Rio de Janeiro, May 29 (AFP) Brazil’s deeply unpopular President Michel Temer insisted today that a truck strike crippling the country will end within hours, even as drivers paralysed fuel, goods and food deliveries. Also Read - South African Strain of COVID-19 Detected in 4 Returnees, 1 Found Positive For Brazil Variant, Says Govt

Temer said he had “absolute conviction that between today and tomorrow” the crisis, which stretched into its eighth day, would finally end. Also Read - Brazilian Playboy Model Branded 'Obscene' for Posing Topless in Dubai Desert, Hits Back at Trolls

In a tweet, Temer gave a slightly longer horizon of “one to two days.” Despite Temer’s confidence, significant numbers of truck drivers stood firm and some appeared to be radicalised, calling for the government to step down. Also Read - Bolsonaro Likens COVID-19 Vaccine to 'Sanjeevani Booti', Thanks PM Modi After Consignment of Covishield Arrives in Brazil

A key Temer minister, Eliseu Padilha, spoke of unidentified groups “infiltrating the movement with different, essentially political goals.” Late Sunday, Temer caved in to their main demand for lower diesel costs, but Monday saw renewed disruption across Latin America’s biggest economy, which is already suffering from the aftermath of a deep recession and political instability ahead of October general elections.

More than 550 road blockages by truckers were mounted across 24 of the country’s 27 states, the federal highway police said.

Shortages of aviation fuel shuttered eight airports. Traffic to the huge Santos seaport near Sao Paulo, which usually receives 10,000 trucks a day, shrank to a trickle.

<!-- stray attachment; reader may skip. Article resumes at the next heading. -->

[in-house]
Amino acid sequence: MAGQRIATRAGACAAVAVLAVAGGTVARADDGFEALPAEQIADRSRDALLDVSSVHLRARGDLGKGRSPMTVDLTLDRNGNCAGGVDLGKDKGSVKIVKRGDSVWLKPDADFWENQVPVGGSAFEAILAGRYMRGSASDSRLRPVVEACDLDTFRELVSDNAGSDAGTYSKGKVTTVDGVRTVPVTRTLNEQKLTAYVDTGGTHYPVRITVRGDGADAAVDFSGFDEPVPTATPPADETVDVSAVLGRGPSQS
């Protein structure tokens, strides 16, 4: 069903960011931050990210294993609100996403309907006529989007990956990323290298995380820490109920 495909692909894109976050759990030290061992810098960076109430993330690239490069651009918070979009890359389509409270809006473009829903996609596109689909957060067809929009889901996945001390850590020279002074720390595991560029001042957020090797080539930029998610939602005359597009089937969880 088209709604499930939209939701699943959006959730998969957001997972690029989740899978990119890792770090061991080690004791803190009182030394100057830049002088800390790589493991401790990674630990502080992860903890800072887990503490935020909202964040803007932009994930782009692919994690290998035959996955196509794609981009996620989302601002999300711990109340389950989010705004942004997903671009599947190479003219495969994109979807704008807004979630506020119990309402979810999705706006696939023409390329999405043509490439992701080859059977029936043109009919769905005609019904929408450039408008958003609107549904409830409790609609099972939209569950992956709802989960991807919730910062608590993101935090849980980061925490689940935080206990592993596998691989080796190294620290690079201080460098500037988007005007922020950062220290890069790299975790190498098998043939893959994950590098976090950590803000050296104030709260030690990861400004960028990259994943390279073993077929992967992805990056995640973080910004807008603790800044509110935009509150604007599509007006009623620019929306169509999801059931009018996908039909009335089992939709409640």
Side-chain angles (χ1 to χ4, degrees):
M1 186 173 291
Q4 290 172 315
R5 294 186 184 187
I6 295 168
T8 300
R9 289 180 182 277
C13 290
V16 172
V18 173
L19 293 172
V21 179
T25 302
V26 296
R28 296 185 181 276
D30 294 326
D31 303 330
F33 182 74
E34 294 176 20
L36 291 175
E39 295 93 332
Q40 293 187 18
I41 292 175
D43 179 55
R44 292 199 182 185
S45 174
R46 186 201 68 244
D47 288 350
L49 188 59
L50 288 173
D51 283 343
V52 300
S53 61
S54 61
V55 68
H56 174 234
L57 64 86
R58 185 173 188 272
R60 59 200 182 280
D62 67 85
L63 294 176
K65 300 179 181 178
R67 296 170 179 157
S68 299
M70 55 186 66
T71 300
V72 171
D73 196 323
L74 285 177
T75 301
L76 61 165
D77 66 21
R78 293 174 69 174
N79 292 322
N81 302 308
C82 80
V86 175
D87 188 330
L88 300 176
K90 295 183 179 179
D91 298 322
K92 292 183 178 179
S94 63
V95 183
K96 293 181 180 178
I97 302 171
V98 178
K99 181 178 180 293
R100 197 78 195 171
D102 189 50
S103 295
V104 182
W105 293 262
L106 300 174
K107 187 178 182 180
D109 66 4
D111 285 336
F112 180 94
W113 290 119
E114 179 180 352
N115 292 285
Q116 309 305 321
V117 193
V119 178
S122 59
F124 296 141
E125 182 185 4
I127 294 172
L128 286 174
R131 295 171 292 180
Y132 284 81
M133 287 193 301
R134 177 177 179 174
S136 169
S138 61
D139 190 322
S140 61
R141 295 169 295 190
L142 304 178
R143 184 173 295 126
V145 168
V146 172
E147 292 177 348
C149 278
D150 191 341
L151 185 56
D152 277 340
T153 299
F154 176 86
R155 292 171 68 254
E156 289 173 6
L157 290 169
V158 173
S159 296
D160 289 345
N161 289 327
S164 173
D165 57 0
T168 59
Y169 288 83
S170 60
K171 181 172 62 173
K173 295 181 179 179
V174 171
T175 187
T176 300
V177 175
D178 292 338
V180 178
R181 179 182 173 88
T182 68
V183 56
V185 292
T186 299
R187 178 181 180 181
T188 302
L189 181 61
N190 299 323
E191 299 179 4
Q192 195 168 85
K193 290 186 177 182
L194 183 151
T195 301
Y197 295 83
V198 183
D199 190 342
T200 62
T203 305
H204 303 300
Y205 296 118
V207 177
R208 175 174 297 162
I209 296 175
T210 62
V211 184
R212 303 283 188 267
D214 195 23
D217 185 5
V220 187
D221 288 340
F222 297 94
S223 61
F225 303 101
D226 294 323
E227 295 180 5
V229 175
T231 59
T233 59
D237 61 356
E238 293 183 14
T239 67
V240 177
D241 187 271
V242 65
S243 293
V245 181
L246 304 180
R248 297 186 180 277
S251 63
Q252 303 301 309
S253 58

Although there has been some improvement since the army was ordered to intervene on Friday, with armed soldiers escorting fuel trucks on priority routes, enormous lines of cars were still forming at gas stations.

Many supermarkets around the country struggled to source fresh food. Producers reported having to slaughter stocks of chickens because they had no access to the feed, while others threw out thousands of litres of spoiled milk.

Hospitals in Rio de Janeiro and Sao Paulo had to cancel non-urgent surgeries and at least 13 states reported scrapping university classes.

Adding to the disruption in Rio, the key BRT commuter system operated at only 22 per cent capacity, while in Sao Paulo the bus system ran at 70 per cent capacity.

The truckers are angry over the rise in diesel costs from 3.36 reais (92 US cents) a litre in January to 3.6 reais before the strike. On May 26, it hit 3.8 reais per litre.

After urgent negotiations with representatives of the truckers, Temer agreed to cut the diesel price by 0.46 reais a litre for 60 days.

That concession hammered the value in state-controlled oil major Petrobras, one of Brazil’s most dominant companies, which is due to face a strike by its own workers on Wednesday.

Shares dropped 14 per cent today and another 14 per cent last Thursday, while the Ibovespa index in Sao Paulo closed 4.5 per cent lower. (AFP) CK CK

This is published unedited from the PTI feed.